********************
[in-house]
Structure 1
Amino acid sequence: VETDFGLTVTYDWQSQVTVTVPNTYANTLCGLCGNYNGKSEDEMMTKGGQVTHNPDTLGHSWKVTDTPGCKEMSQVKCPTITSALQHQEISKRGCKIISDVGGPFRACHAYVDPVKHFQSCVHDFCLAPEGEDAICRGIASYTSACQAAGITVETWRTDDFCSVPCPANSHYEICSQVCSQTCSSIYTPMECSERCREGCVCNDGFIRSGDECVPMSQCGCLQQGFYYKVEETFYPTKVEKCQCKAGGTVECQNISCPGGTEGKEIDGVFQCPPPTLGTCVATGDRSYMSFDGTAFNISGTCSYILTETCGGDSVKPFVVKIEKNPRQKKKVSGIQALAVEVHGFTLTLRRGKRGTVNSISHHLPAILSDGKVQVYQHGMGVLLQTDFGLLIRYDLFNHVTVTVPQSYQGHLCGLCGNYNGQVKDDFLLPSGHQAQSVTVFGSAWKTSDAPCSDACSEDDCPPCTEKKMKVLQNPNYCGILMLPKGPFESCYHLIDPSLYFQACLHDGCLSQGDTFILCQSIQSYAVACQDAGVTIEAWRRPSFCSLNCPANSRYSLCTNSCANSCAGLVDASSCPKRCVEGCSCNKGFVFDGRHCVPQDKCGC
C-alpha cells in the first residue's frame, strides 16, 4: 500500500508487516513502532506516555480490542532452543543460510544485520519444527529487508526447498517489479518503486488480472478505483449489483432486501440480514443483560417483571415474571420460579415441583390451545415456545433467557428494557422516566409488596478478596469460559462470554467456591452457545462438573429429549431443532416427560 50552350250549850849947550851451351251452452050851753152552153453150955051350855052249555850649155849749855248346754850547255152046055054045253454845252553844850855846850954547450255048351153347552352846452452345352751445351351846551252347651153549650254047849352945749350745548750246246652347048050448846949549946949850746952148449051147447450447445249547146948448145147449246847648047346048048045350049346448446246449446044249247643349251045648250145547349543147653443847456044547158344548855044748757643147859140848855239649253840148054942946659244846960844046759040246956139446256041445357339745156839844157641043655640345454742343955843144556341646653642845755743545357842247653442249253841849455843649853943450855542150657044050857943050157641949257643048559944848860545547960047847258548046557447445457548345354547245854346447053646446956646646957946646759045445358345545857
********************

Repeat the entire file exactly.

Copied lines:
[in-house]
Structure 1
Amino acid sequence: VETDFGLTVTYDWQSQVTVTVPNTYANTLCGLCGNYNGKSEDEMMTKGGQVTHNPDTLGHSWKVTDTPGCKEMSQVKCPTITSALQHQEISKRGCKIISDVGGPFRACHAYVDPVKHFQSCVHDFCLAPEGEDAICRGIASYTSACQAAGITVETWRTDDFCSVPCPANSHYEICSQVCSQTCSSIYTPMECSERCREGCVCNDGFIRSGDECVPMSQCGCLQQGFYYKVEETFYPTKVEKCQCKAGGTVECQNISCPGGTEGKEIDGVFQCPPPTLGTCVATGDRSYMSFDGTAFNISGTCSYILTETCGGDSVKPFVVKIEKNPRQKKKVSGIQALAVEVHGFTLTLRRGKRGTVNSISHHLPAILSDGKVQVYQHGMGVLLQTDFGLLIRYDLFNHVTVTVPQSYQGHLCGLCGNYNGQVKDDFLLPSGHQAQSVTVFGSAWKTSDAPCSDACSEDDCPPCTEKKMKVLQNPNYCGILMLPKGPFESCYHLIDPSLYFQACLHDGCLSQGDTFILCQSIQSYAVACQDAGVTIEAWRRPSFCSLNCPANSRYSLCTNSCANSCAGLVDASSCPKRCVEGCSCNKGFVFDGRHCVPQDKCGC
C-alpha cells in the first residue's frame, strides 16, 4: 500500500508487516513502532506516555480490542532452543543460510544485520519444527529487508526447498517489479518503486488480472478505483449489483432486501440480514443483560417483571415474571420460579415441583390451545415456545433467557428494557422516566409488596478478596469460559462470554467456591452457545462438573429429549431443532416427560 50552350250549850849947550851451351251452452050851753152552153453150955051350855052249555850649155849749855248346754850547255152046055054045253454845252553844850855846850954547450255048351153347552352846452452345352751445351351846551252347651153549650254047849352945749350745548750246246652347048050448846949549946949850746952148449051147447450447445249547146948448145147449246847648047346048048045350049346448446246449446044249247643349251045648250145547349543147653443847456044547158344548855044748757643147859140848855239649253840148054942946659244846960844046759040246956139446256041445357339745156839844157641043655640345454742343955843144556341646653642845755743545357842247653442249253841849455843649853943450855542150657044050857943050157641949257643048559944848860545547960047847258548046557447445457548345354547245854346447053646446956646646957946646759045445358345545857